Your cell phone is one of the most important things to bring to Disney. I like keeping my phone in my backpack as much as possible.

I use my phone too frequently to keep it in the backpack all of the time, but it’s a great place to store it during rides or when you’re not using it.

Random Story: Once, after riding Matterhorn, I realized I no longer had my phone. I had it in my back pocket during the ride and didn’t realize it had fallen out during the ride (those bobsleds are crazy bumpy!).

I stood there while the cast members checked each bobsled that came in, and I got lucky. There it was, lying on the floor of one of the bobsleds!

Before You Visit Disney Download the App on Your Phone

Each park has its own app!  These apps are absolutely essential when visiting the park.  You can use it to purchase tickets, get FastPasses, order food, check wait times, find restrooms, locate characters, and so much more.

For Disney World, download My Disney Experience, and for Disneyland, download the Disneyland app from the Apple or Google store.

2. External Phone Charger

Even if you have a great battery, after a long, 12+ hour day at Disney, you might need a recharge. My phone is older than dirt, so it usually needs a pick-me-up by late afternoon or evening.  

While they have external chargers that you can rent in the park, I like having my own (it saves time and money–are you noticing a pattern?), so I use a charger that I got on Amazon. 

3. Credit Cards/Cash/Wallet

Thanks to the ingenuity of the Disney app creators, you can link your Disney gift card, credit card, rewards card, or debit card in the app to pay for any in-app purchases like food, drinks, tickets, MaxPass, or Memory Maker.

However, I usually throw in one card, or some cash, just in case!

4. Identification (Driver’s License)

You’ll need your ID to get into the park or to purchase any alcoholic beverages.

One time, when we were waiting to get into Disneyland Park, Allan realized he had forgotten his ID. Or maybe I forgot mine. I conveniently don’t remember which one of us was the guilty party.

He had to run all the way back to the hotel to grab the ID. Ooops. It was a little over a mile roundtrip. I think he felt like he was in middle school P.E. all over again, although I don’t think he was able to muster up a 6-minute mile. Such an invigorating way to start the day.

5. Snacks

It’s always nice to have a little something in your backpack, just in case. If you have young kids, extra (cheap) food is one of the most important things to bring to Disney.

Keep those blood sugar levels stable and keep everyone happy. Nobody wants to have a hanger melt-down at “The Happiest Place on Earth”.

6. Refillable Water Bottle

Disney is wonderful about letting guests bring in outside food and drinks, provided it meets their requirements. Refillable water bottles are great for your wallet and our planet!  

There are refilling stations located throughout the parks or you can get a free cup of water from any quick-service restaurant!

7. Rain Poncho

I always like taking a rain poncho to Disney. In California, we don’t really need to for the rain (it’s more sunny than rainy), but it’s certainly handy if you’re expecting some afternoon thunderstorms in Florida at Disney World.

The main reason I pack a rain poncho in California is for the water-based rides. If it’s not a blazing hot day, it’s not terribly fun to walk around in dripping wet clothes that don’t dry. It’s nice to have for Splash Mountain, Grizzly River Run, or Kali River Rapids.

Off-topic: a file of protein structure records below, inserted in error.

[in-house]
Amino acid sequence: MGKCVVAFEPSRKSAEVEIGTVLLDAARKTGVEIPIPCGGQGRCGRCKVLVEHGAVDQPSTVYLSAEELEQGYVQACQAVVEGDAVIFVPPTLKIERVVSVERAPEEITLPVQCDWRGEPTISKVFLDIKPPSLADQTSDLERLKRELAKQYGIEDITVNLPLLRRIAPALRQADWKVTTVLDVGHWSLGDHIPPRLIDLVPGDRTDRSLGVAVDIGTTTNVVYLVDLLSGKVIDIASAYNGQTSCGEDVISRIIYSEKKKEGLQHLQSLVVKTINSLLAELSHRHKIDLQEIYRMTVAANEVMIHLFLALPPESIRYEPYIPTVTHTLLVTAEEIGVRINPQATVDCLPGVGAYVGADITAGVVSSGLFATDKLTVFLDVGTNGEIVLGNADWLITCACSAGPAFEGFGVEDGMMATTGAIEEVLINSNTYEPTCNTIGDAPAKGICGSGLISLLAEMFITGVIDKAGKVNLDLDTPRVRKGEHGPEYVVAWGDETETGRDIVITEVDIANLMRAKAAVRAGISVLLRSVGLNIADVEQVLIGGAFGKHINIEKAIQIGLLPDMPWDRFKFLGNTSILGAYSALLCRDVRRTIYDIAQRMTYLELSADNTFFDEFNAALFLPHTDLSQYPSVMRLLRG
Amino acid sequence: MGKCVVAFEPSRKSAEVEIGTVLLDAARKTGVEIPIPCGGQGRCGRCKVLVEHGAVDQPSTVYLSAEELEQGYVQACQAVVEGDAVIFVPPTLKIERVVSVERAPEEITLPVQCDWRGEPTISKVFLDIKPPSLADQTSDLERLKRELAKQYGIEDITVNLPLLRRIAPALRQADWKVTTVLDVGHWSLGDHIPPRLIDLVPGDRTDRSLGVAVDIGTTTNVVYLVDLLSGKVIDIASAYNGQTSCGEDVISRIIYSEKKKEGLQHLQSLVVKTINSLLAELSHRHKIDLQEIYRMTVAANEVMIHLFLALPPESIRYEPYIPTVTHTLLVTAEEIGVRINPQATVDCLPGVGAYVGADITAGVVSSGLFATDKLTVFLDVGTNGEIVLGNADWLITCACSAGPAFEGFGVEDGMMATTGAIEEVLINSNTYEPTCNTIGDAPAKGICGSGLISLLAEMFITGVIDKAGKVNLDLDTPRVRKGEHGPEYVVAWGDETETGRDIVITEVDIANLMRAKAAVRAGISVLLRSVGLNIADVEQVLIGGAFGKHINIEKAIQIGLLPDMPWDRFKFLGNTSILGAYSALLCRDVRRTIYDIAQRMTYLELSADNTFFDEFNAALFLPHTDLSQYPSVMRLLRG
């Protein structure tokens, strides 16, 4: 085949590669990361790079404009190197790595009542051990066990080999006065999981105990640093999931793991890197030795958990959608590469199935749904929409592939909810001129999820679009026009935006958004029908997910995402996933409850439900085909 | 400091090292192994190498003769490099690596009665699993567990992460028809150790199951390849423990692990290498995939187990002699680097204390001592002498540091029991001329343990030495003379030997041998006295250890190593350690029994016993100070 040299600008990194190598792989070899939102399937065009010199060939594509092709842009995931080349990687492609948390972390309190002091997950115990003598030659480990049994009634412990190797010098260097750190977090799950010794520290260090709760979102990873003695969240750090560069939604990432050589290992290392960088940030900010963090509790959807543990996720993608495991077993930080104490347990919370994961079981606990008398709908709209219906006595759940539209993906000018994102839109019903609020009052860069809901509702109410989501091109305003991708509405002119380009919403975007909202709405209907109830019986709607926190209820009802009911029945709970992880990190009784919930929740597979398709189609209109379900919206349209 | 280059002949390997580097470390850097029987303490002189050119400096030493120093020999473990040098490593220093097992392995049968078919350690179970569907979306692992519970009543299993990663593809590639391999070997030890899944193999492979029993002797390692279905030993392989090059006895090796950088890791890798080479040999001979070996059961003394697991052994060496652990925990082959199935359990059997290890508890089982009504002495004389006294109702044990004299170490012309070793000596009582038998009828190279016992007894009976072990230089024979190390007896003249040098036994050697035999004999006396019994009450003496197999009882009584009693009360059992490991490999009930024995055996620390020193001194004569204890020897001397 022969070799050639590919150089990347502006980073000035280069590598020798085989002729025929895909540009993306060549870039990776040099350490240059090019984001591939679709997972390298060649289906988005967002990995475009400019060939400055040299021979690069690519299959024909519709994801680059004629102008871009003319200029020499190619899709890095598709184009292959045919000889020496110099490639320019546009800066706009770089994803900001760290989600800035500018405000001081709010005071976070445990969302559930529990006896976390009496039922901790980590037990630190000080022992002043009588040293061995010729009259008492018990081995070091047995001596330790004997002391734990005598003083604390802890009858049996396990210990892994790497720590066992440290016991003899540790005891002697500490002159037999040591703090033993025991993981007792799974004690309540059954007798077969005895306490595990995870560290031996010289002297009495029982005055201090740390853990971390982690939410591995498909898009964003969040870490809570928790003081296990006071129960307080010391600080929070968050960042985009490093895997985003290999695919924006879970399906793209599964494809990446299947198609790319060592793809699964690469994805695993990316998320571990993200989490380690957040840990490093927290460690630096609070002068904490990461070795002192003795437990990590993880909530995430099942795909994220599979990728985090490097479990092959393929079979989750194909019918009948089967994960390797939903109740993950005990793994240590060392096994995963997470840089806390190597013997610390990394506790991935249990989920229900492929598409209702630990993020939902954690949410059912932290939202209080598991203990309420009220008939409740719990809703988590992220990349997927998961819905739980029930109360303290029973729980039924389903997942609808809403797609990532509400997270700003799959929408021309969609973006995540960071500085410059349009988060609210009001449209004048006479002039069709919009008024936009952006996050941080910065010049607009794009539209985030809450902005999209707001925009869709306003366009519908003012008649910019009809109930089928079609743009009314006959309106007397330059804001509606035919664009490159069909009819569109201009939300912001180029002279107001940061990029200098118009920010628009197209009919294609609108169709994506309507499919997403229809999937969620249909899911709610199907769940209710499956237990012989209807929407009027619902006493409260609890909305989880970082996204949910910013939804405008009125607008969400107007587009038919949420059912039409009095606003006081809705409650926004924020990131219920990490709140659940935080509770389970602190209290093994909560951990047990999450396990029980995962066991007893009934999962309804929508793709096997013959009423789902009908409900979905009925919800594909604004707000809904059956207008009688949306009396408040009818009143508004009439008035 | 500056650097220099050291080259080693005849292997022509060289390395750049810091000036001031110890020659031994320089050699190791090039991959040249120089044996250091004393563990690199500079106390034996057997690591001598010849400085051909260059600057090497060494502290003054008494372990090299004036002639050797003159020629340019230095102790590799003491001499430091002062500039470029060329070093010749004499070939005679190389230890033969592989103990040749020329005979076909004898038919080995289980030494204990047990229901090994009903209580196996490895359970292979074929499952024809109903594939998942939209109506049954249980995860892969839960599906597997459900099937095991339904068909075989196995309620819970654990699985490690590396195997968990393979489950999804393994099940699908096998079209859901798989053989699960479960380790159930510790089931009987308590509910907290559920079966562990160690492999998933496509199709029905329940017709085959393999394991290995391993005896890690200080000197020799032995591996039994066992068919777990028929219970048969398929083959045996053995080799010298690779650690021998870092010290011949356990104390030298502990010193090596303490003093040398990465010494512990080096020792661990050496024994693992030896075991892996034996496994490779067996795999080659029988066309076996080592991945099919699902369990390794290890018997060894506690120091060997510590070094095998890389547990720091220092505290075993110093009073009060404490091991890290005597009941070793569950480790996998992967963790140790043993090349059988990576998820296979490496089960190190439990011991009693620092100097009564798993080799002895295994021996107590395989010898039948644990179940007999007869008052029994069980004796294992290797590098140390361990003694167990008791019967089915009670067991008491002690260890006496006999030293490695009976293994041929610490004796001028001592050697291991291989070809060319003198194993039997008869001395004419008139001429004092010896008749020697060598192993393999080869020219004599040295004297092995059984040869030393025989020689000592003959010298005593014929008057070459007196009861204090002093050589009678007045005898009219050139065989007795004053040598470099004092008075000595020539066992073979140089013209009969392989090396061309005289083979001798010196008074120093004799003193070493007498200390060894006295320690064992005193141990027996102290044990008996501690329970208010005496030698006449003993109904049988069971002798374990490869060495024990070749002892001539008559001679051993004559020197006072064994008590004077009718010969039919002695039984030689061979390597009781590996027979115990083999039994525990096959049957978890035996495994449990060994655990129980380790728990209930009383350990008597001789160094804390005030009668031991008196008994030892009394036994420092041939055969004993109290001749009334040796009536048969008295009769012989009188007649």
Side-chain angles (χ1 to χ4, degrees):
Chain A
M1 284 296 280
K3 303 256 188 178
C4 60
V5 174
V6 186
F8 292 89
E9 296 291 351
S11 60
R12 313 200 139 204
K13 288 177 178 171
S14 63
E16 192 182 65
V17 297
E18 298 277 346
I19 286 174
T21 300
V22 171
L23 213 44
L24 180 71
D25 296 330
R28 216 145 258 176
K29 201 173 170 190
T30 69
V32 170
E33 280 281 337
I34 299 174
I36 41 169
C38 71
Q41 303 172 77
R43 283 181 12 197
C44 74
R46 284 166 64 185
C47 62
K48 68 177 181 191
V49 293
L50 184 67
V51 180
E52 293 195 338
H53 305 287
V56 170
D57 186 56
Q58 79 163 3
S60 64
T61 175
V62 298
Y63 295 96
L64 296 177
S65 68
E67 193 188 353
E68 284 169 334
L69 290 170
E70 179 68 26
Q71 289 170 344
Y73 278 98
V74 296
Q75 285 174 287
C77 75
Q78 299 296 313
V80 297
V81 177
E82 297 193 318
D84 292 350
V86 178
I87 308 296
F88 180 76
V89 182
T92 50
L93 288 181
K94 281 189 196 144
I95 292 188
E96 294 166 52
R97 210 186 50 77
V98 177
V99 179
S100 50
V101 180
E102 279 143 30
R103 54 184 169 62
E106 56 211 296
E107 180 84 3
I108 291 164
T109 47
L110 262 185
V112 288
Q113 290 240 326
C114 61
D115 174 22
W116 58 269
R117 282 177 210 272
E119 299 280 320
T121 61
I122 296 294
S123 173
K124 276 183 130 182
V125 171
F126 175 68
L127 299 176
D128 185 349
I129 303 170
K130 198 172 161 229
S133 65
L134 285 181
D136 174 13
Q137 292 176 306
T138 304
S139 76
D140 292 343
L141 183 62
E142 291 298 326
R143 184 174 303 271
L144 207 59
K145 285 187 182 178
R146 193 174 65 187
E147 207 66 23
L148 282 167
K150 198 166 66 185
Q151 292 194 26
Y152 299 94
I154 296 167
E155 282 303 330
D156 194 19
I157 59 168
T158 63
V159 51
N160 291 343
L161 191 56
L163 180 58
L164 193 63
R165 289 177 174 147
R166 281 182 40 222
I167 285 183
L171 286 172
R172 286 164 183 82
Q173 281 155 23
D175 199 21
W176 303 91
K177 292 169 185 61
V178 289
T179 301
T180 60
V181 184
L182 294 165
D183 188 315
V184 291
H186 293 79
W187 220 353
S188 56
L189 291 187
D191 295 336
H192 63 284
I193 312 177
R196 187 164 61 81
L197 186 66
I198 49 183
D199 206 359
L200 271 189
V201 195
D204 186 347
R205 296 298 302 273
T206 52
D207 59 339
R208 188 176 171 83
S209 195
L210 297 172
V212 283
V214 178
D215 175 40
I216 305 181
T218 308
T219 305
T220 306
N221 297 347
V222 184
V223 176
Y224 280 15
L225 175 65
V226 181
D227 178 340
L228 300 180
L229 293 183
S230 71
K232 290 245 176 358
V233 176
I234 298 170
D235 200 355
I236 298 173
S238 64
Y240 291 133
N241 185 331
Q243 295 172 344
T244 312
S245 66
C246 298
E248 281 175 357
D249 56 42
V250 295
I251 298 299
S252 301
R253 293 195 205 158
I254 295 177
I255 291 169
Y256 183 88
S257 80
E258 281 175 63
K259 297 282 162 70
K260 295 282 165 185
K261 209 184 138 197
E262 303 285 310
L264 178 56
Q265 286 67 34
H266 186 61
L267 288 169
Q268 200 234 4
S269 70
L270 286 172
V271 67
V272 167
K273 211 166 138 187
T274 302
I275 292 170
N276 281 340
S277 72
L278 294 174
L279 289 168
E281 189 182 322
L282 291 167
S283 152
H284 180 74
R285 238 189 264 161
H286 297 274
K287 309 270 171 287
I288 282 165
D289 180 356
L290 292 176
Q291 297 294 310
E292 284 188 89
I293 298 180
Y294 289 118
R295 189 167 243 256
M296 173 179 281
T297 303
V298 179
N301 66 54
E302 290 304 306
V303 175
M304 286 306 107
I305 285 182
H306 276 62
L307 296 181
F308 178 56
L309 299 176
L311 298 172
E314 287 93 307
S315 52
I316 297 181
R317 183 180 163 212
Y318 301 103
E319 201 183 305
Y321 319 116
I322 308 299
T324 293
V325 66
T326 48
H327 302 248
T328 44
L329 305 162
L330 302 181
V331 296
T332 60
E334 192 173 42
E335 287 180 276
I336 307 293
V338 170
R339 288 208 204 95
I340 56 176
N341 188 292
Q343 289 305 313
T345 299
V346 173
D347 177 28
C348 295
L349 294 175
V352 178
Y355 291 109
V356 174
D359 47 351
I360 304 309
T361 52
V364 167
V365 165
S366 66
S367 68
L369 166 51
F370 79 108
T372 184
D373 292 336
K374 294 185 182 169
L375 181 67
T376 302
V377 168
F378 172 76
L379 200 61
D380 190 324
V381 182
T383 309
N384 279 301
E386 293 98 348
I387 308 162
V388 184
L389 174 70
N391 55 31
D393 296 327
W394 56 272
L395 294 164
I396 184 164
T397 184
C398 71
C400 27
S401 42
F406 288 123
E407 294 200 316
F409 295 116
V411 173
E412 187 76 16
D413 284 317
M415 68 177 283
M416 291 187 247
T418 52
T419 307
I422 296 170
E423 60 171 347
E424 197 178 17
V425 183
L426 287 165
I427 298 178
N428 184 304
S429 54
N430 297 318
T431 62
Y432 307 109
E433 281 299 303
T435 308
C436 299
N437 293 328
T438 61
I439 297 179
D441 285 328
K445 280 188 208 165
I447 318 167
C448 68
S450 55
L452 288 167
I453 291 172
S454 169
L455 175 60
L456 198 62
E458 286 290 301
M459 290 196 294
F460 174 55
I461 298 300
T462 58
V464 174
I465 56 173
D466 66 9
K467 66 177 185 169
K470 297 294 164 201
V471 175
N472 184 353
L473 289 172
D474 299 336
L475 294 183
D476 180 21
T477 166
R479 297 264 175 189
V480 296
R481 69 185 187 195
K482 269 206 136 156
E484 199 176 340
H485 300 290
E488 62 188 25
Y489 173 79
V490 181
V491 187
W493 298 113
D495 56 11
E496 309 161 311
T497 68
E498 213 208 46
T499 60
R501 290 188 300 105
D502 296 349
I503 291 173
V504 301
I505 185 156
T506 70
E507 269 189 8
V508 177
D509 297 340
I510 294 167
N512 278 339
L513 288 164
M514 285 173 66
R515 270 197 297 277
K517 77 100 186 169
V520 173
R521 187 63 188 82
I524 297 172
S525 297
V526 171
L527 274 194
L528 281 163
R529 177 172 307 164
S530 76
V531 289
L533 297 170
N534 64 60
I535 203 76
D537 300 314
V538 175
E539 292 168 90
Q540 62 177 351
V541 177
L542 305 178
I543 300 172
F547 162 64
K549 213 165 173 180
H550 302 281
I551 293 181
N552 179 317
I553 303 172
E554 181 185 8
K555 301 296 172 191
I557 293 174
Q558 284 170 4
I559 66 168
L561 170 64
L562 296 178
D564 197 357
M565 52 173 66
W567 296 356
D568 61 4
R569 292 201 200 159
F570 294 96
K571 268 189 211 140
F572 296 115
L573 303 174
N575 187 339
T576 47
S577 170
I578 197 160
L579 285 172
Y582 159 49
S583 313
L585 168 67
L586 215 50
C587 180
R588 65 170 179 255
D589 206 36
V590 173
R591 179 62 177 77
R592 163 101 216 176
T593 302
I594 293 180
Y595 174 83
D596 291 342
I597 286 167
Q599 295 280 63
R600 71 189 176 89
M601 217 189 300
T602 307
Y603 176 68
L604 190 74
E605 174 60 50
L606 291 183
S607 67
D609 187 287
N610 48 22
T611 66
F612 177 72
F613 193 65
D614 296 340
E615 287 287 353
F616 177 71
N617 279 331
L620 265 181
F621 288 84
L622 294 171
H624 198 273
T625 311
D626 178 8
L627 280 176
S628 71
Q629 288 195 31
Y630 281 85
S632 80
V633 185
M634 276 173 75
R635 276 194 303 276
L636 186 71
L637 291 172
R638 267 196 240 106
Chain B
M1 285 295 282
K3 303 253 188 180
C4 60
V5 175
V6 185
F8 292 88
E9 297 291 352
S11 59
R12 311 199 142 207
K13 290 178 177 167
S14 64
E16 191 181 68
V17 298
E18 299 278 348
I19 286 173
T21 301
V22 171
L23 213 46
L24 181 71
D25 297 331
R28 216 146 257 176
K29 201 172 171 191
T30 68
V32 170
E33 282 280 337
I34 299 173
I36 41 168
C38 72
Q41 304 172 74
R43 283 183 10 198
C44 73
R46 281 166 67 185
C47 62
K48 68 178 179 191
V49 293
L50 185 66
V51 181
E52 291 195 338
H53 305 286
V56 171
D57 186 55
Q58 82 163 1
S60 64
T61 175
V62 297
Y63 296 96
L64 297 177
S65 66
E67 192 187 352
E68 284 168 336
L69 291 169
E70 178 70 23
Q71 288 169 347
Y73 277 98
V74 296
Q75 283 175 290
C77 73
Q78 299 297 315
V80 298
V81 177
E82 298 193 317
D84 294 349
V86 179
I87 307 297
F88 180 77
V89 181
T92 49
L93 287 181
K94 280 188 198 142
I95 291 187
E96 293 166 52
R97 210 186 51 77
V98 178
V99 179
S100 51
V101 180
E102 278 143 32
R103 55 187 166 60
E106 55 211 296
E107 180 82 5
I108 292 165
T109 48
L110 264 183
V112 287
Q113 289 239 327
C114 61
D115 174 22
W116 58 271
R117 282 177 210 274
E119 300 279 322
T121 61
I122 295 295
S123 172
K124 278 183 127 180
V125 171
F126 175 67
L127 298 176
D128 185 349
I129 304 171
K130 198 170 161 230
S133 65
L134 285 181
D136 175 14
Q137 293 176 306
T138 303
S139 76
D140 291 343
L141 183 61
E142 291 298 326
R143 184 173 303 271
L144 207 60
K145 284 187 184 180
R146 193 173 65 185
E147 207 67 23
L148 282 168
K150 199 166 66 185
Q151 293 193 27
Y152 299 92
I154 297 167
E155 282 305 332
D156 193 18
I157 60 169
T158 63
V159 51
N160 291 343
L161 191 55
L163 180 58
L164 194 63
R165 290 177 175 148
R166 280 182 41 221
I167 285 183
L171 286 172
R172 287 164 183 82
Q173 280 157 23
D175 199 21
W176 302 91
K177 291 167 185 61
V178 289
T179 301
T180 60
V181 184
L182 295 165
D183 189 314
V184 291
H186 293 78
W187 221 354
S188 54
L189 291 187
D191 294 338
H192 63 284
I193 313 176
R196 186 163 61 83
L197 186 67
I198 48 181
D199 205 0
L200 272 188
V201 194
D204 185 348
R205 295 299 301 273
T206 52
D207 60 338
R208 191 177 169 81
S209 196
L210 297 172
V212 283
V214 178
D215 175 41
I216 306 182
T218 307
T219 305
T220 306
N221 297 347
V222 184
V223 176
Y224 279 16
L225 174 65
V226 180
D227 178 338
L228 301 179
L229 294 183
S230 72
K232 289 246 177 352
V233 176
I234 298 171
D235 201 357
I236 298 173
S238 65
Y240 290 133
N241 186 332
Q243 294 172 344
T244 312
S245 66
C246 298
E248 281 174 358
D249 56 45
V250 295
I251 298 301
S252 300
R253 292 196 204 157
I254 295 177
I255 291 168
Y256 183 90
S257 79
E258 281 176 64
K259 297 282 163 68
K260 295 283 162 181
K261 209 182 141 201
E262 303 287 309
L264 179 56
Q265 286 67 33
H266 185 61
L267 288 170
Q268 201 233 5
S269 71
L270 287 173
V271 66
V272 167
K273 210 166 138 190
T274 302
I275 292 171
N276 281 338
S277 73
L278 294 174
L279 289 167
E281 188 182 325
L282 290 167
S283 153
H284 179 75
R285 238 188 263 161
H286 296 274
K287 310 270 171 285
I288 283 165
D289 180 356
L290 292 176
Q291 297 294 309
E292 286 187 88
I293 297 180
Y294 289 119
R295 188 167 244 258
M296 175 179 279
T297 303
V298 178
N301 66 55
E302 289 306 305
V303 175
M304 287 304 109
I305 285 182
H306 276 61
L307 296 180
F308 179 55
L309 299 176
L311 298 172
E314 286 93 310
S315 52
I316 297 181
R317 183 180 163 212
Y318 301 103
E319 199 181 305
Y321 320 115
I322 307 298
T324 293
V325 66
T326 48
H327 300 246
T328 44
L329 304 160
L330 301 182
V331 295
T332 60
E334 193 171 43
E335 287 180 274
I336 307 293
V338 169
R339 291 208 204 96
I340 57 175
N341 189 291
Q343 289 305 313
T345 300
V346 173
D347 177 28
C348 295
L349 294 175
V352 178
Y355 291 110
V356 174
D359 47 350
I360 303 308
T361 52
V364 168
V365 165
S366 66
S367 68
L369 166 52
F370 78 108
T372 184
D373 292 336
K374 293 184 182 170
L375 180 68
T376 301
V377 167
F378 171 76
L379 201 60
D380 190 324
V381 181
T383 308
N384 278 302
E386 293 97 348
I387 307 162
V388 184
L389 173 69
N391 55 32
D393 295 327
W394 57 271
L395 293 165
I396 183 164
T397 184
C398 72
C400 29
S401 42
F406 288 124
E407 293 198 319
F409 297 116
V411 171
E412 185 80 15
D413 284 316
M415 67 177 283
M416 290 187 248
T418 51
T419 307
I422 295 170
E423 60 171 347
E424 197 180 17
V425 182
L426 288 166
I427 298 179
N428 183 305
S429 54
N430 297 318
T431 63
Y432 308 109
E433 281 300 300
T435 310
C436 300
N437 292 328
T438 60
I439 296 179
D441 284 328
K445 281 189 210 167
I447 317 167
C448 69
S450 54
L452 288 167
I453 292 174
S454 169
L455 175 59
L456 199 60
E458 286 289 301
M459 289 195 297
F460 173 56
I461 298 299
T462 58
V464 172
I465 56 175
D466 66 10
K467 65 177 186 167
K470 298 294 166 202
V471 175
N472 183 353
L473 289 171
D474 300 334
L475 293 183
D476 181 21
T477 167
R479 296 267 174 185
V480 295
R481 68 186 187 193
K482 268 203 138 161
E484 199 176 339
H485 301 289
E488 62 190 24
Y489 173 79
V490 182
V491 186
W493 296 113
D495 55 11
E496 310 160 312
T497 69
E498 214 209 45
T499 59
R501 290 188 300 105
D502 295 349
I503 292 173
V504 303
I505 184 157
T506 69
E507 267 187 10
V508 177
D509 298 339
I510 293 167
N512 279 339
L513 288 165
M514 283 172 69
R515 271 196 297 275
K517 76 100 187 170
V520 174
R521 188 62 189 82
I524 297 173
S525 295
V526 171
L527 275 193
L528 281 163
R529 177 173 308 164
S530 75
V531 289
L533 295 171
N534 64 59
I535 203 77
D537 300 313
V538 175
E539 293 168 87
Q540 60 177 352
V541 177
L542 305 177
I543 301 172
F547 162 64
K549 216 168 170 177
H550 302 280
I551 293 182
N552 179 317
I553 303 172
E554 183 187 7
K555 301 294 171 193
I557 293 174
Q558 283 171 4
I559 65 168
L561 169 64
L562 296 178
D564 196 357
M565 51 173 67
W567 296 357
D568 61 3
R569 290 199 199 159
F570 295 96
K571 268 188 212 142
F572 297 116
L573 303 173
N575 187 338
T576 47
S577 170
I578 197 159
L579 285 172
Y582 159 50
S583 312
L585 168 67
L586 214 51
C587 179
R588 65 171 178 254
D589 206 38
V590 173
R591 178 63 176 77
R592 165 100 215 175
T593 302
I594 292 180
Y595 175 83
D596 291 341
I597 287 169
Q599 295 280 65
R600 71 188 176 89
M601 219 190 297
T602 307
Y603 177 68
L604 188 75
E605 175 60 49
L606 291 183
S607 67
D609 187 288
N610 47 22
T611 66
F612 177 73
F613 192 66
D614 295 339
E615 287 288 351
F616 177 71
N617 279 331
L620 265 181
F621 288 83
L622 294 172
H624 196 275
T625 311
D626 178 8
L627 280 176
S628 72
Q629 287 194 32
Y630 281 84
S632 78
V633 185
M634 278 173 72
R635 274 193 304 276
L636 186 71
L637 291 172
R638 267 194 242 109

You can grab one for $1 at the dollar store or get them in bulk online.

8. Flip Flops or extra Socks

I also like wearing flip-flops on water-based rides. Walking around with wet socks and shoes is a good way to get blisters. When you’re walking 8+ miles per day, you want your feet to be happy.

For that reason, I like to have a pair of flip-flops in my backpack or a dry pair of socks.

9. Zipped Plastic Bag for Wet Items

If you have a wet poncho or socks, you can place them in a zipped plastic bag so that everything else stays dry!

10. Sunglasses

If it’s dark when you head to the park, be sure to pack your sunglasses in your backpack! Did you know that you can get melanoma in your eyes? It’s also nice to not be squinting all day long.

11. Sweatshirt

You’ll especially want a sweatshirt if you’re headed to Disneyland. Even when daytime temps are high, it almost always cools off at night. It’s not uncommon to have a 40-50 degree change between day and night.  Add it to your list of things to bring to Disney!

12. Sunscreen

Pavement can reflect sun rays and increase the chance of sunburn. I like carrying a small bottle or stick of sunscreen in my backpack to use in the parks.

13. Wipes/Hand Sanitizer

Honestly, I never carry either of these items. The alcohol in the hand sanitizer and wipes makes my skin go crazy. If I’m desperate, I’d rather use a little water from my water bottle, but mostly I use the sinks in the restroom.

But, I would guess that most people would want this in their backpack, so I’m adding it to the list.

14. Chapstick

I truly have nothing to say about this one other than it’s always a good idea to keep some chapstick nearby.

15. Extra Mask

A year ago, this wouldn’t be in my backpack, but things have changed. Having an extra in your backpack just in case one falls on the ground–or (heaven forbid) in the toilet–is a wise choice.


There may be a few other items you may want to bring to Disney in your backpack (like make-up, medications, trading pins, or autograph books), but this list will get you started!

Being prepared gives you more time to do what’s important—rides, attractions, and snacking!  If you want to learn more about Disney tips and tricks, check out 11 Hacks To Help You Save Money on Food at Disney or How Many Rides Can You ride in One Day at Disneyland? (more than 18 if you follow these tips)

Do you typically take a backpack to the parks? Is there anything in your backpack that’s not in mine? Tell me about it in the comments section!